The days of Canadian financial services firms going on hiring binges are long gone, but unlike in the U.S., major layoffs aren't looming.
Officials at the Investment Industry Association of Canada expect firms to continue hiring this year, though not as robustly as they have in the past, says Executive Director Ian C.W. Russell. Many companies are also reluctant to let go employees, especially those who've received a large investment in training for highly specialized jobs.
Russell's comments have been echoed by Toronto-based recruiters, who've said for weeks they've not noticed any slow down in hiring by their clients. However, Canadian financial companies are facing some of the same pressures as their U.S. counterparts, which may have an impact on their hiring plans.
"There is a definite trickle effect north of the border," says Bill Vlaad of Vlaad and Co. Inc. of Toronto, a recruiting firm specializing in financial services companies. He believes more layoffs are coming this year. "Our financial services firms are closely tied with international markets, such as the U.S.," he notes.
At CIBC, Write-Downs and Staff Cuts
Perhaps no company illustrates that more than the Canadian Imperial Bank of Commerce (CIBC) which has the biggest exposure of any Canadian bank to the U.S. sub-prime mortgage market. In May, the firm announced plans to eliminate 100 positions at its CIBC World Markets business, reducing staff at the unit by 15 percent over the course of the year. In 2007, CIBC sold its U.S.-based investment banking and equities business to Oppenheimer & Co.
"We estimate that CIBC will incur an additional $1.5 to $1.9 billion (Canadian) in charges in the third quarter," writes John Aiken, an analyst with Dundee Securities in Toronto, in a note to clients. "However, there is no guarantee that this will be the end and our estimates may not be conservative enough, given the additional pressure that the U.S. financial system still faces."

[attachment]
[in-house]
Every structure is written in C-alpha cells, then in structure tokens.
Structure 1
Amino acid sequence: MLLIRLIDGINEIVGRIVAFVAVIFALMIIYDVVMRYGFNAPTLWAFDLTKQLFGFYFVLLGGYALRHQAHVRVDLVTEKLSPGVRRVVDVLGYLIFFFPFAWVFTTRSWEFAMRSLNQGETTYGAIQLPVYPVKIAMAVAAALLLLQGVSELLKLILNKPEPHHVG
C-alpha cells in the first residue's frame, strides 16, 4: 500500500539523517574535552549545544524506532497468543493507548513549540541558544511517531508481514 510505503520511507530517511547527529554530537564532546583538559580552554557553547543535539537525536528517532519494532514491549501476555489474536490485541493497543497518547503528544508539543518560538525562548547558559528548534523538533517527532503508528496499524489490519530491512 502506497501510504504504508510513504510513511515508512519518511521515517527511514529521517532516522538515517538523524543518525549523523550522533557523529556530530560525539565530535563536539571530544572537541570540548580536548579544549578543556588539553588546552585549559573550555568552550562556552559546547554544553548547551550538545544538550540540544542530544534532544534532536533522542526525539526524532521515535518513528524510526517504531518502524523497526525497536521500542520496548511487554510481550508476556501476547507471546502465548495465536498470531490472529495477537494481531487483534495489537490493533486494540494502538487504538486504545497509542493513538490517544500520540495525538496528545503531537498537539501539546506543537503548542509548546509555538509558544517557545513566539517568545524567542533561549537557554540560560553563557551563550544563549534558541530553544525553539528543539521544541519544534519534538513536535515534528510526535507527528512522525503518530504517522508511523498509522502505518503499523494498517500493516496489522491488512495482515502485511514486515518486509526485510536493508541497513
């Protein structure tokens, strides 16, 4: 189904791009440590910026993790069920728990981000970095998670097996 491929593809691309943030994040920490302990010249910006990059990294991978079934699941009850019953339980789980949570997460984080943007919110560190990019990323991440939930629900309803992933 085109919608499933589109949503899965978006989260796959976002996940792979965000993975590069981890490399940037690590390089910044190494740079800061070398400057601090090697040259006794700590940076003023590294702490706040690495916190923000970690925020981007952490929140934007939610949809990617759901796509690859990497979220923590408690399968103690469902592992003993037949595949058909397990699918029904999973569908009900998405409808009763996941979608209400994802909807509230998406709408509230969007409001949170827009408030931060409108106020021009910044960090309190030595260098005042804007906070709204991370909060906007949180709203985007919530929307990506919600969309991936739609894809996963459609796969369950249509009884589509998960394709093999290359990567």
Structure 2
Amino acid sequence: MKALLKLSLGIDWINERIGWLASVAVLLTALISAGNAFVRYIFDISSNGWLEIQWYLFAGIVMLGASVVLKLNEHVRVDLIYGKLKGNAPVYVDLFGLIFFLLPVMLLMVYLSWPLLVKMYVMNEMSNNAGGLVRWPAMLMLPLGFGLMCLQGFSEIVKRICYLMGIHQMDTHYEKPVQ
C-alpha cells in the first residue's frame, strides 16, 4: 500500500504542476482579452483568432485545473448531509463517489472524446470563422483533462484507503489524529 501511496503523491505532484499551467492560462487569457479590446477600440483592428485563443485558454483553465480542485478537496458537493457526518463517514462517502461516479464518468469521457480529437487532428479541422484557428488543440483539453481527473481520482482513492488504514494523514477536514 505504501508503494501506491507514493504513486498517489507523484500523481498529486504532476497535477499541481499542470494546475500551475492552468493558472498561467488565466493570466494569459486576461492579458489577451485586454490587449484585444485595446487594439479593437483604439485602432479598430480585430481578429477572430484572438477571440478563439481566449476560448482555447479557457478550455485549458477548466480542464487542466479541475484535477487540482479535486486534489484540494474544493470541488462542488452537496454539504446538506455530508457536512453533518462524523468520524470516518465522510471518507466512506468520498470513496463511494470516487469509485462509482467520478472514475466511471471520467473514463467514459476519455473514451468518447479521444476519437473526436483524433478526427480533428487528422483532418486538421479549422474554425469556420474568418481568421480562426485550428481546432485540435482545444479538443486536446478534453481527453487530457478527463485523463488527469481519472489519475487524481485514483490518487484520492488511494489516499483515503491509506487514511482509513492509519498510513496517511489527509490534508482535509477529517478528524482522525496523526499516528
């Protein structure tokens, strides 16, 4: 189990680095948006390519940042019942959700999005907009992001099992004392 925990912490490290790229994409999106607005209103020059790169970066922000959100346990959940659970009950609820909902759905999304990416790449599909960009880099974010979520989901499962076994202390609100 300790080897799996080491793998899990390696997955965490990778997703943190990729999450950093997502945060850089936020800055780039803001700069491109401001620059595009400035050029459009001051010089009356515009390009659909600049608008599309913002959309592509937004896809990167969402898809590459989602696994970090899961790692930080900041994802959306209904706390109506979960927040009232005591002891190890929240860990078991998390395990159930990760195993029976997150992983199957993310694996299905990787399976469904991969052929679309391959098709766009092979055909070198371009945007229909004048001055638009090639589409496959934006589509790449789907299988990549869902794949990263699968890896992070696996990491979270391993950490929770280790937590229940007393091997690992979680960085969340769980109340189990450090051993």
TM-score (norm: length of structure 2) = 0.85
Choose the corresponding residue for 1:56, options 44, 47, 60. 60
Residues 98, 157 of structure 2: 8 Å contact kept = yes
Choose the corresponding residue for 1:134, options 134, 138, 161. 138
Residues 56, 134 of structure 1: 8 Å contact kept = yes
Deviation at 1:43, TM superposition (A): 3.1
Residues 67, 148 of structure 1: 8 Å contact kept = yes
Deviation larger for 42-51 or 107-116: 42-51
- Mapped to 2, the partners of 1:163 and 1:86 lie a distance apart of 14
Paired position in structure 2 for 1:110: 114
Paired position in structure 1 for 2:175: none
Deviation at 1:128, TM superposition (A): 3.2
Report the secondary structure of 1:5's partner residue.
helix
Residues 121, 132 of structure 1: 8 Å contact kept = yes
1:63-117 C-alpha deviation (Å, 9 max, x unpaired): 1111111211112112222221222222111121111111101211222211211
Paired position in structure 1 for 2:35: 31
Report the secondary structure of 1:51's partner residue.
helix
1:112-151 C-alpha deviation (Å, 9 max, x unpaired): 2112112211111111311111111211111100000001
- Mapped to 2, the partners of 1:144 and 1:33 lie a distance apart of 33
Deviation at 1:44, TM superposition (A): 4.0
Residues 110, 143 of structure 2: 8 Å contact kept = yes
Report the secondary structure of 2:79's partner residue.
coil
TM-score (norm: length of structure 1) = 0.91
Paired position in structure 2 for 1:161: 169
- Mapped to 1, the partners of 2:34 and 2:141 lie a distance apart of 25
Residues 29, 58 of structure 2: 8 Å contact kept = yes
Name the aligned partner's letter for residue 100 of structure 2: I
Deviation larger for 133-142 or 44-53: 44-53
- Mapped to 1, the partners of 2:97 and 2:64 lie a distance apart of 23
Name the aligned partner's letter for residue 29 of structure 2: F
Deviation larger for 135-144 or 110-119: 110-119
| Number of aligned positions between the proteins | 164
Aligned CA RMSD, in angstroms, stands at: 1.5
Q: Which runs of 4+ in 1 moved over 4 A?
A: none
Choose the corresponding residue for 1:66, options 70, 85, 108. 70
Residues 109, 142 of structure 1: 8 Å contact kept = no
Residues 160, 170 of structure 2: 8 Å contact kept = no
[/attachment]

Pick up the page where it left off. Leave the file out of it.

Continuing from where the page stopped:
CIBC, which employs about 40,000 people around the world, is in a cost-cutting mode, as it restructures World Markets into what it calls a "leading" Canadian investment bank. Expenses fell 9.5 percent in the second quarter to $1.79 billion, due to lower compensation-related expenses, according to CIBC's latest earnings release. The company also says it's placing "additional emphasis" on strengthening its balance sheet given current market conditions.
Canadian Firms Didn't Over-Staff As Much As U.S. Firms
Like their counterparts on Wall Street, Canadian firms expanded during the bull market of the 1990s. Further fueling their growth was the strength of the country's energy and mining sectors, which some expect will help Canada avoid a recession. The industry also has invested money in technology to make it more efficient.
"Markets are not great but it's not a disaster," Russell says. "When times are tough (banks) are really reluctant to let people go. We have noticed that over the past couple of cycles."
However, Vlaad disputes that notion, arguing businesses look at the costs they'll incur in the future from items such as training rather than the "sunk costs" they have already spent. Still, he believes job cuts in Canada will pale in comparison to what's happened in the U.S. because Canadian firms took a more conservative approach to hiring.
"The banks are not done," he says, adding future job cuts will likely not be large "front-page" announcements that will capture the media's attention.